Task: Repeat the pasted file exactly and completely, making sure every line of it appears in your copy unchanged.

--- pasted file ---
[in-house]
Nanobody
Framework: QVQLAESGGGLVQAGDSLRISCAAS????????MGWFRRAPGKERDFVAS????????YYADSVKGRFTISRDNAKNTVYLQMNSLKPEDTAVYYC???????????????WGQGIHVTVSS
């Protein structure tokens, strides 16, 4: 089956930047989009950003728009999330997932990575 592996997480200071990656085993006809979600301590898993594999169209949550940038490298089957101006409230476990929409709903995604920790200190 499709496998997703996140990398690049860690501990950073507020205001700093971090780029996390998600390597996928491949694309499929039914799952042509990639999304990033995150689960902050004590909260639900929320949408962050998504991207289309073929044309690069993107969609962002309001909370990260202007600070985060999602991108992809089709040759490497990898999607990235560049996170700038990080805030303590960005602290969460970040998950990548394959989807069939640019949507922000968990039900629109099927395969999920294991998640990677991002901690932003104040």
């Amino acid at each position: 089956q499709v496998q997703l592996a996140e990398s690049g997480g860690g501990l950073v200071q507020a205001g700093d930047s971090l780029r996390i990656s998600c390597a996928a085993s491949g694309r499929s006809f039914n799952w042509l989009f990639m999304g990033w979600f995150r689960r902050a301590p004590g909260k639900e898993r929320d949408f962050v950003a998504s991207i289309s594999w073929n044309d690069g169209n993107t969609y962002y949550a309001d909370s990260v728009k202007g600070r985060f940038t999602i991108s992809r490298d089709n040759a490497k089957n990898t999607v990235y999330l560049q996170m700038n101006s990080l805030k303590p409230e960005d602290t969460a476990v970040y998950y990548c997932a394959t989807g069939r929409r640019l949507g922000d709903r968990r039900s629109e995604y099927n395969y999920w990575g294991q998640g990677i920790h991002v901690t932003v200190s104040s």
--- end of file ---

[in-house]
Nanobody
Framework: QVQLAESGGGLVQAGDSLRISCAAS????????MGWFRRAPGKERDFVAS????????YYADSVKGRFTISRDNAKNTVYLQMNSLKPEDTAVYYC???????????????WGQGIHVTVSS
């Protein structure tokens, strides 16, 4: 089956930047989009950003728009999330997932990575 592996997480200071990656085993006809979600301590898993594999169209949550940038490298089957101006409230476990929409709903995604920790200190 499709496998997703996140990398690049860690501990950073507020205001700093971090780029996390998600390597996928491949694309499929039914799952042509990639999304990033995150689960902050004590909260639900929320949408962050998504991207289309073929044309690069993107969609962002309001909370990260202007600070985060999602991108992809089709040759490497990898999607990235560049996170700038990080805030303590960005602290969460970040998950990548394959989807069939640019949507922000968990039900629109099927395969999920294991998640990677991002901690932003104040």
């Amino acid at each position: 089956q499709v496998q997703l592996a996140e990398s690049g997480g860690g501990l950073v200071q507020a205001g700093d930047s971090l780029r996390i990656s998600c390597a996928a085993s491949g694309r499929s006809f039914n799952w042509l989009f990639m999304g990033w979600f995150r689960r902050a301590p004590g909260k639900e898993r929320d949408f962050v950003a998504s991207i289309s594999w073929n044309d690069g169209n993107t969609y962002y949550a309001d909370s990260v728009k202007g600070r985060f940038t999602i991108s992809r490298d089709n040759a490497k089957n990898t999607v990235y999330l560049q996170m700038n101006s990080l805030k303590p409230e960005d602290t969460a476990v970040y998950y990548c997932a394959t989807g069939r929409r640019l949507g922000d709903r968990r039900s629109e995604y099927n395969y999920w990575g294991q998640g990677i920790h991002v901690t932003v200190s104040s």